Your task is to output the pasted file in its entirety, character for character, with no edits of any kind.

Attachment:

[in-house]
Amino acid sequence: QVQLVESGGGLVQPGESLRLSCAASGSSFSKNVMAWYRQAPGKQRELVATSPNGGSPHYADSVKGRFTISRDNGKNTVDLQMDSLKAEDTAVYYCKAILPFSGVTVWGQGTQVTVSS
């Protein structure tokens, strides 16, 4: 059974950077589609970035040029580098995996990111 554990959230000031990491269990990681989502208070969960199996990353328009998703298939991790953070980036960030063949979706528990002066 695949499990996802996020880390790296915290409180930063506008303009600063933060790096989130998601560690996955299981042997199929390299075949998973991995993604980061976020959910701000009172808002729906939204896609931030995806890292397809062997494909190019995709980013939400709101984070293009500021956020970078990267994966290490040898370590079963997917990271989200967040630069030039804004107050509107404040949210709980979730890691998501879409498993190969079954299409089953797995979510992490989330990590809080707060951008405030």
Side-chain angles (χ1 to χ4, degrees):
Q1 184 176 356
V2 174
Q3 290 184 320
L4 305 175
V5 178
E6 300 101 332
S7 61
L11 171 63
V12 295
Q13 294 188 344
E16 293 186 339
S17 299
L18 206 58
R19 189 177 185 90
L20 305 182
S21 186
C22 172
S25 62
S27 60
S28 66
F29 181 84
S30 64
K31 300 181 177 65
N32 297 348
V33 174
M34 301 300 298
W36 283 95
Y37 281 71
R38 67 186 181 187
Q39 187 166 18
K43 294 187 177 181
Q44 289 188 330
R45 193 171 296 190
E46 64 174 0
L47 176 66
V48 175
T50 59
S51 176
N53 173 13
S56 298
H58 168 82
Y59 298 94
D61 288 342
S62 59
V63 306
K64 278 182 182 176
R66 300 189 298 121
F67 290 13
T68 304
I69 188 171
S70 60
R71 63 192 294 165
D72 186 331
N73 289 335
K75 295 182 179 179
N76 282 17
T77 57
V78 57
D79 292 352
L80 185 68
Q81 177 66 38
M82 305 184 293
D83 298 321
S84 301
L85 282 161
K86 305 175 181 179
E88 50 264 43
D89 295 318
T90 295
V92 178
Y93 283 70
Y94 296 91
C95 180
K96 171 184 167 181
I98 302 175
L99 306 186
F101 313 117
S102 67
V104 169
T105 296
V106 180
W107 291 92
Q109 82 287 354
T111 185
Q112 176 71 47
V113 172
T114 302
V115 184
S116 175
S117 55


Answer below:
[in-house]
Amino acid sequence: QVQLVESGGGLVQPGESLRLSCAASGSSFSKNVMAWYRQAPGKQRELVATSPNGGSPHYADSVKGRFTISRDNGKNTVDLQMDSLKAEDTAVYYCKAILPFSGVTVWGQGTQVTVSS
């Protein structure tokens, strides 16, 4: 059974950077589609970035040029580098995996990111 554990959230000031990491269990990681989502208070969960199996990353328009998703298939991790953070980036960030063949979706528990002066 695949499990996802996020880390790296915290409180930063506008303009600063933060790096989130998601560690996955299981042997199929390299075949998973991995993604980061976020959910701000009172808002729906939204896609931030995806890292397809062997494909190019995709980013939400709101984070293009500021956020970078990267994966290490040898370590079963997917990271989200967040630069030039804004107050509107404040949210709980979730890691998501879409498993190969079954299409089953797995979510992490989330990590809080707060951008405030």
Side-chain angles (χ1 to χ4, degrees):
Q1 184 176 356
V2 174
Q3 290 184 320
L4 305 175
V5 178
E6 300 101 332
S7 61
L11 171 63
V12 295
Q13 294 188 344
E16 293 186 339
S17 299
L18 206 58
R19 189 177 185 90
L20 305 182
S21 186
C22 172
S25 62
S27 60
S28 66
F29 181 84
S30 64
K31 300 181 177 65
N32 297 348
V33 174
M34 301 300 298
W36 283 95
Y37 281 71
R38 67 186 181 187
Q39 187 166 18
K43 294 187 177 181
Q44 289 188 330
R45 193 171 296 190
E46 64 174 0
L47 176 66
V48 175
T50 59
S51 176
N53 173 13
S56 298
H58 168 82
Y59 298 94
D61 288 342
S62 59
V63 306
K64 278 182 182 176
R66 300 189 298 121
F67 290 13
T68 304
I69 188 171
S70 60
R71 63 192 294 165
D72 186 331
N73 289 335
K75 295 182 179 179
N76 282 17
T77 57
V78 57
D79 292 352
L80 185 68
Q81 177 66 38
M82 305 184 293
D83 298 321
S84 301
L85 282 161
K86 305 175 181 179
E88 50 264 43
D89 295 318
T90 295
V92 178
Y93 283 70
Y94 296 91
C95 180
K96 171 184 167 181
I98 302 175
L99 306 186
F101 313 117
S102 67
V104 169
T105 296
V106 180
W107 291 92
Q109 82 287 354
T111 185
Q112 176 71 47
V113 172
T114 302
V115 184
S116 175
S117 55